House Democrats introduced a plan this week that they say is designed to help the United States cut greenhouse gas emissions by 90 percent by 2050.
Included in the plan, which was announced by House Speaker Nancy Pelosi (D-Calif.) and Rep. Kathy Castor (D-Fla.), are a number of policies pertaining to electric vehicle sales and tax credits. One measure in the plan would require automakers to sell only electric vehicles by 2035. It’s not clear if this would also apply to fleet sales, but it did suggest that all heavy-duty trucks sold by 2040 should be electric as well.
Additionally, the plan proposed expanding the electric vehicle tax credit system. Under the current system, buyers are entitled to receive up to $7,500 in tax rebates when they purchase an electric vehicle, however automakers can only sell 200,000 EVs before the incentive runs out. General Motors and Tesla both ran through the 200,000 limit last year. The Democrats’ policy recommendations entail raising the cap to over 200,000.
The plan, which is over 500 pages in length, also includes policy recommendations pertaining to utilities, solar and wind tax credits, carbon emissions, methane limits and energy efficiency in buildings. It recommends doubling the federal investment in public transprotation infrastructure, as well.
Castor told The Washington Post this week that the policy recommendations are intended as a framework for the future should the power balance in Congress shift.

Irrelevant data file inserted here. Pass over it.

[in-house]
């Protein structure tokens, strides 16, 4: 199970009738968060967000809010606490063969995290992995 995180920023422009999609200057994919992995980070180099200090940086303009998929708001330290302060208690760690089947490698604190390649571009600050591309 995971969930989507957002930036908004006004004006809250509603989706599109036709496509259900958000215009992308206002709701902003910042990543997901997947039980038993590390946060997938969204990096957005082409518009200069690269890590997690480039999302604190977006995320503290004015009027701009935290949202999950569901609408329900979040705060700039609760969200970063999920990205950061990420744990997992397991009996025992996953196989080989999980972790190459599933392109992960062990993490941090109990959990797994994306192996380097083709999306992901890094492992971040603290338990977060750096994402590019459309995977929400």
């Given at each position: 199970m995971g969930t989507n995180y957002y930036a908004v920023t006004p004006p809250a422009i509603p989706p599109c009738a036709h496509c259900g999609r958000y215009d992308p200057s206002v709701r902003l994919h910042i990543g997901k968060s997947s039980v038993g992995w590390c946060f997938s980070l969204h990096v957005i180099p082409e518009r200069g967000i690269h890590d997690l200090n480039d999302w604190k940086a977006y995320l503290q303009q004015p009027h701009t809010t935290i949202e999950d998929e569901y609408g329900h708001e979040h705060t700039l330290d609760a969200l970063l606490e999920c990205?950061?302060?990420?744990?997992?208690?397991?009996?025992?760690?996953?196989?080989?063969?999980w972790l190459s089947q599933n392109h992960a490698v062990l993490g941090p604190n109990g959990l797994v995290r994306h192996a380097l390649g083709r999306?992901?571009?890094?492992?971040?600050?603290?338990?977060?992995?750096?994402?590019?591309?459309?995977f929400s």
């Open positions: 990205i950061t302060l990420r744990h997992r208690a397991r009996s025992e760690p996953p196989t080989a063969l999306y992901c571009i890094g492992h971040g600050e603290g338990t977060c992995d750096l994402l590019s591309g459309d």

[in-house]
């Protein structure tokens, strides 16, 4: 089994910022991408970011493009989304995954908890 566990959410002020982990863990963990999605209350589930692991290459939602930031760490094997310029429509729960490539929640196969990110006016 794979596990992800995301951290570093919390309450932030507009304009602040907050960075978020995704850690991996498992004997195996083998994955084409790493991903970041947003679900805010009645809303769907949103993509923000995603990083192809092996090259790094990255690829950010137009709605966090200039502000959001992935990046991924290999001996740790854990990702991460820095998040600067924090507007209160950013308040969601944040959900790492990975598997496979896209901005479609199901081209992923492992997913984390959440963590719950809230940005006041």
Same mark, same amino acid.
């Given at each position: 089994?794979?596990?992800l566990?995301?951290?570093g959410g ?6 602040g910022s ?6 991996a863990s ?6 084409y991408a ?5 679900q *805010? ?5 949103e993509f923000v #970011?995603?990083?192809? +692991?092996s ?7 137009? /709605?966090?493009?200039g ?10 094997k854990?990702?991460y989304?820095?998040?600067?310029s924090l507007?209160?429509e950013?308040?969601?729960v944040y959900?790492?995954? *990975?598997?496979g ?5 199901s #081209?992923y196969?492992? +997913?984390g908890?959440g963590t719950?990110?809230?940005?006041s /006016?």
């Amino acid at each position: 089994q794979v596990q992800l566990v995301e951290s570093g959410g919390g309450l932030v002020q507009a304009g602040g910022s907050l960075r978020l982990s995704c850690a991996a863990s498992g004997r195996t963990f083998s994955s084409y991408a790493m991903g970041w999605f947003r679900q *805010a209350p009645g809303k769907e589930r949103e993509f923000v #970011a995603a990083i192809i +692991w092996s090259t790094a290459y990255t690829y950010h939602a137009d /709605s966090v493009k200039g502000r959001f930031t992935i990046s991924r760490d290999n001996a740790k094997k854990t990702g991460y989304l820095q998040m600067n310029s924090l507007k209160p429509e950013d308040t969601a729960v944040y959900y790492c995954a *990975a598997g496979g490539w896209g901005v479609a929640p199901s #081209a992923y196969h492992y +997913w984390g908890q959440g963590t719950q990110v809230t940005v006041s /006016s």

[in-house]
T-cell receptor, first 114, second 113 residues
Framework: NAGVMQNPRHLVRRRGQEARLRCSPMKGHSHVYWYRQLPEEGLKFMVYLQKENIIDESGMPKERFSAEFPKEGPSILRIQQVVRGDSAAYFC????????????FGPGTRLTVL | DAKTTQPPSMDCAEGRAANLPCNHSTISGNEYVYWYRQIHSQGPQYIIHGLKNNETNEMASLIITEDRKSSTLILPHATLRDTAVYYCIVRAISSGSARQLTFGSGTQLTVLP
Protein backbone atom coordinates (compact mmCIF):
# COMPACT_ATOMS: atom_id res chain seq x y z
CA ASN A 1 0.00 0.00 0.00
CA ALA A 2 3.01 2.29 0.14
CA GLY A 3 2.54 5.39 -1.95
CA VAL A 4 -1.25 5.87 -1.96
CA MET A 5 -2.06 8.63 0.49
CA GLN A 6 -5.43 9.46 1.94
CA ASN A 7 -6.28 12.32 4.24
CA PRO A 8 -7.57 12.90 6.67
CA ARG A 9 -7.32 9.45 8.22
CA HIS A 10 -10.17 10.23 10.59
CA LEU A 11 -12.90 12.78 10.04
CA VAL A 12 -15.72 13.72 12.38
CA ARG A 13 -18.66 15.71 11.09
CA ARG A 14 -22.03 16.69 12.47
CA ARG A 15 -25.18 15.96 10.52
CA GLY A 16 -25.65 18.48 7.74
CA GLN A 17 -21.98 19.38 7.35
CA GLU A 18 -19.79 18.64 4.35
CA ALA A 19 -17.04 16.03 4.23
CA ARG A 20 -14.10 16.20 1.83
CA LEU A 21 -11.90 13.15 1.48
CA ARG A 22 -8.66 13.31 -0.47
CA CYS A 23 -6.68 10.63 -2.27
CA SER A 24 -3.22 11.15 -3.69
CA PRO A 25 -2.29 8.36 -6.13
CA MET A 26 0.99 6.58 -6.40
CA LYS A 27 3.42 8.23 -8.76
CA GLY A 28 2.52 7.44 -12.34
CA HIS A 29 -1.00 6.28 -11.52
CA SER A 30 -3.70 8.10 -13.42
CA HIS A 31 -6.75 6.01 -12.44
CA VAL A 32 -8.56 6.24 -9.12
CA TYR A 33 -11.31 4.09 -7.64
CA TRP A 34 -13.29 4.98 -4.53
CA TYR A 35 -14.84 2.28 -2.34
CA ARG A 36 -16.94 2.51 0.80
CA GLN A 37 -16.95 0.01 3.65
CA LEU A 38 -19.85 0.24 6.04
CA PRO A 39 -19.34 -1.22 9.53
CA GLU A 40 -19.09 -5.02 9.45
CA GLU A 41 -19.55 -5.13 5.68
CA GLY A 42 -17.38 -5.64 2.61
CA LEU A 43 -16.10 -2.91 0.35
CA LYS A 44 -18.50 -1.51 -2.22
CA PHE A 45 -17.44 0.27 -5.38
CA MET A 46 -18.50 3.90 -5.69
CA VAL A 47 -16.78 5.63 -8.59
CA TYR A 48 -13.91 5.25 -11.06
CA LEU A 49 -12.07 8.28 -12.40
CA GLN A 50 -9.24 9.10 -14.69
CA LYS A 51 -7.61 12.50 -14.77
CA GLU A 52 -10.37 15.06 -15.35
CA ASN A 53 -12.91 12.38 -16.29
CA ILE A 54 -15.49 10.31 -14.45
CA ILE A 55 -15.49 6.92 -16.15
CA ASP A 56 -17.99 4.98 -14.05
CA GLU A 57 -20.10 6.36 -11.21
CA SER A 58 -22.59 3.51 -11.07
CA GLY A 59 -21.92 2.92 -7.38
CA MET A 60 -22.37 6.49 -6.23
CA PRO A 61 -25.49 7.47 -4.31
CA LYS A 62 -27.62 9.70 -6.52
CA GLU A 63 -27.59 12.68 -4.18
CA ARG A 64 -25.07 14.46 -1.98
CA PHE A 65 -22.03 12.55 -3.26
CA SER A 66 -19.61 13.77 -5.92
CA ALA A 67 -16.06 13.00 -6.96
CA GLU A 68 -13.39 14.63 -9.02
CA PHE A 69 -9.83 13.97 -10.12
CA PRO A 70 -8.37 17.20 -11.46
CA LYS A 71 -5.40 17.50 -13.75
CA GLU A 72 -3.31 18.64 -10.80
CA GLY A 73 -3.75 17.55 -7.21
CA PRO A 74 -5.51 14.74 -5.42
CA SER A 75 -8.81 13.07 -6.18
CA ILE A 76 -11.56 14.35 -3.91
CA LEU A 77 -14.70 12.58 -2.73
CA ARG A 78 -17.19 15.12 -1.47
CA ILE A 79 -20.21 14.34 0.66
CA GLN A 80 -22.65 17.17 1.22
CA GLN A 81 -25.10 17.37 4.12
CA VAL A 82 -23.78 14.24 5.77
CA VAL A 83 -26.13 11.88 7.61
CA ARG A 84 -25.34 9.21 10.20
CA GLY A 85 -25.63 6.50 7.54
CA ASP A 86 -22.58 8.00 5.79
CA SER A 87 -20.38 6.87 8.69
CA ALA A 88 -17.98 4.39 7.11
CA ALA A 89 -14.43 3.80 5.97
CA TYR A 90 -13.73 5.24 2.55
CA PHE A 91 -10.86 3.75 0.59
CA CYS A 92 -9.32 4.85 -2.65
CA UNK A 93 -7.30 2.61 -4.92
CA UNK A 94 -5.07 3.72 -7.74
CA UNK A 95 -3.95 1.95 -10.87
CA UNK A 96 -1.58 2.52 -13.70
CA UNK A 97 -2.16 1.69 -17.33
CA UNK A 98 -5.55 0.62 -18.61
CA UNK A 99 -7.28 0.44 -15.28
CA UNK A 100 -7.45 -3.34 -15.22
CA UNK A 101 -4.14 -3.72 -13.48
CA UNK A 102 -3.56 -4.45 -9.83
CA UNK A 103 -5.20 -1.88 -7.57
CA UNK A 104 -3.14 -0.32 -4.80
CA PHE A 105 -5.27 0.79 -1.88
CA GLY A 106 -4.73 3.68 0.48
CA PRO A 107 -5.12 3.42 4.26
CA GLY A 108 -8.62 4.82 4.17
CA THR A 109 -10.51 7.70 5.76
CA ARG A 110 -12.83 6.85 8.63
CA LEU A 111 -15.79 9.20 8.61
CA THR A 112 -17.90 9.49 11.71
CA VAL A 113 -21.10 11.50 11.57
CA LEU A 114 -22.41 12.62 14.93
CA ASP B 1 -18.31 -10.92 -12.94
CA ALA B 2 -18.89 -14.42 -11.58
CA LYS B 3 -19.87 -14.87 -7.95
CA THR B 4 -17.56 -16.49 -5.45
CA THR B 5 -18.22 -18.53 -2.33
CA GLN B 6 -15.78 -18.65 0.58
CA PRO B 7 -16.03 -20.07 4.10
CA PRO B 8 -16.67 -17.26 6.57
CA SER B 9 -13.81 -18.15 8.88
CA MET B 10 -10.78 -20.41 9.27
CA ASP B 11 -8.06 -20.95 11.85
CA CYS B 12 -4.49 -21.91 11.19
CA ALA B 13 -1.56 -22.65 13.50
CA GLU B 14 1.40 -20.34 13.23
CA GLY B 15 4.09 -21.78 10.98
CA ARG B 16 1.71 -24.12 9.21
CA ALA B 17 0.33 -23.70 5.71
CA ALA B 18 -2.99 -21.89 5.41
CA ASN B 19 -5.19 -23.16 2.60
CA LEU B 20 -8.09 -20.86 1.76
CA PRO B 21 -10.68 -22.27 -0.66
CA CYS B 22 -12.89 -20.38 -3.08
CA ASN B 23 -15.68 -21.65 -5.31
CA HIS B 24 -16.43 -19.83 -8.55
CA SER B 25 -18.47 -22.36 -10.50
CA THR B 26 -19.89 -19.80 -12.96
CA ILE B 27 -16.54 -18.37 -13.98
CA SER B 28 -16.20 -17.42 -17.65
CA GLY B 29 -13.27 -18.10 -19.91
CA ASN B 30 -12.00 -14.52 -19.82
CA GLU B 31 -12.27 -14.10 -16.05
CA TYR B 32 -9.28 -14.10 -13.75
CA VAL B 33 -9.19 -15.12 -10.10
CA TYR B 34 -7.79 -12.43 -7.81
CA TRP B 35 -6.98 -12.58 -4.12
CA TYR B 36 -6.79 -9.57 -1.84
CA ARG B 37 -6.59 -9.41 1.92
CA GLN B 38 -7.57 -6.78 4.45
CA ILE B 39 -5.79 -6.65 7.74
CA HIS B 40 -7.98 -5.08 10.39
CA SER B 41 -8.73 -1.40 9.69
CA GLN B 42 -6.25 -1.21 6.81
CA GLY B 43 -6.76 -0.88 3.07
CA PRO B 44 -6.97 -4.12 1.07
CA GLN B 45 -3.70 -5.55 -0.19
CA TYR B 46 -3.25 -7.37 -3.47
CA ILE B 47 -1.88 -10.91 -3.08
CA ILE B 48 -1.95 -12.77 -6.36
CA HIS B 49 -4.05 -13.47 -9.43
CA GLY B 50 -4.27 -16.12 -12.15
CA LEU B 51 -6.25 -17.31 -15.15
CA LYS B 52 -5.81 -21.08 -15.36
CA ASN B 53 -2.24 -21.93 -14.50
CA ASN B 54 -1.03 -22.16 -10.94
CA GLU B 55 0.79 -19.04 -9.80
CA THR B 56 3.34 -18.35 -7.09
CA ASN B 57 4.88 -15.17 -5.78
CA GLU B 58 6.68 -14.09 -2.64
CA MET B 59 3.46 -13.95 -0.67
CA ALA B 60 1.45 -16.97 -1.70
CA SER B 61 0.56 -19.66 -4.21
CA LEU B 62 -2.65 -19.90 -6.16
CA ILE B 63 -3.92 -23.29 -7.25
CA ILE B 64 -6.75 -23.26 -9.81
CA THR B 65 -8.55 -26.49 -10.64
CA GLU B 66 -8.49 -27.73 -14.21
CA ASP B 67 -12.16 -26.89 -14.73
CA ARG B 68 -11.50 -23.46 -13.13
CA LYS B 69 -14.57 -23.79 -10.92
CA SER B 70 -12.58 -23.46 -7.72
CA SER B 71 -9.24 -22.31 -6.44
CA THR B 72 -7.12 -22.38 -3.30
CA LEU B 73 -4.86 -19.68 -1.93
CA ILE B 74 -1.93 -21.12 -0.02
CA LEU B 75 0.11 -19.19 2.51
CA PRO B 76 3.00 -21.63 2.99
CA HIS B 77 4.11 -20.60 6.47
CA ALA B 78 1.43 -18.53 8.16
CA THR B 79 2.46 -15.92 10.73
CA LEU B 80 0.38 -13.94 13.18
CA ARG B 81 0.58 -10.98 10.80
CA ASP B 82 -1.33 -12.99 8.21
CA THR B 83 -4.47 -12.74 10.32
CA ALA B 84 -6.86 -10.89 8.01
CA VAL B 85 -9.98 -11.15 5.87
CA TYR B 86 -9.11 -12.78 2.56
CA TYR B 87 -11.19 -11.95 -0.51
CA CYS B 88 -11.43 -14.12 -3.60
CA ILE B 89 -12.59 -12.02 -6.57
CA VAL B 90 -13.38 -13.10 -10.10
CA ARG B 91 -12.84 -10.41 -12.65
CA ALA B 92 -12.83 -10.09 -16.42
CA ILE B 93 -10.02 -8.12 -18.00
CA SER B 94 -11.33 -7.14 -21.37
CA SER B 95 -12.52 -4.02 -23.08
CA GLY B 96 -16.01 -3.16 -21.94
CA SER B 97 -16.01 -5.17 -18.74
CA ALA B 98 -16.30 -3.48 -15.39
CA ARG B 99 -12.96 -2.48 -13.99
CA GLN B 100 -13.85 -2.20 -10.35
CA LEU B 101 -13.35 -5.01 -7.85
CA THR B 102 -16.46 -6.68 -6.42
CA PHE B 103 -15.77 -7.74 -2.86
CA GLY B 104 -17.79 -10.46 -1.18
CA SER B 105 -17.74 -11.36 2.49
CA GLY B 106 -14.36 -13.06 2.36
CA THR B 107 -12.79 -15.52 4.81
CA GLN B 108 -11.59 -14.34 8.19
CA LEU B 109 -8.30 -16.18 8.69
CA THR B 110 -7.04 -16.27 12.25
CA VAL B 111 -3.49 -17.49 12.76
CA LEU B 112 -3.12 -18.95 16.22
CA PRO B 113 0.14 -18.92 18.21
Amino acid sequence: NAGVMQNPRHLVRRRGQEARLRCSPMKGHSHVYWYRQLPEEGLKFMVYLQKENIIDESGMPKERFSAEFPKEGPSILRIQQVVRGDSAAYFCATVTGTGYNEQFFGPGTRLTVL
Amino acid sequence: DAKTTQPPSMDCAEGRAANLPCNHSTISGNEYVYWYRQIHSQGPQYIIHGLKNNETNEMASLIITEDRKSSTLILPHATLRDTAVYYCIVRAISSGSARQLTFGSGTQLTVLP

“We’re going to press ahead with everything we can do in the near term,” Castor said. “But yes, it will provide a plan that can be taken off the shelf and adopted into law as soon as we are able to reconvene.”
The Democrats also said the policy recommendations “satisfy the scientific and moral imperatives to reduce carbon pollution and as quickly and aggressively as possible make communities more resilient to the impacts of climate change.”
The Republican party responded to the plan when speaking to The Washington Post this week, pointing out that many greenhouse gas emissions do not come from within America.
“Over 90 percent of all emissions will soon originate outside U.S. borders,” the GOP said in a statement. “More than 105 percent of emissions growth will come from China and developing economies.”
While some automakers, GM included, are already working on new electric vehicles, many are a long way off from having the means to produce solely electric vehicles. Developing an electric heavy-duty truck appropriate for fleet use will be another hurdle for manufacturers, though its EV programs could be bolstered by additional sales brought by the expanded tax incentive program.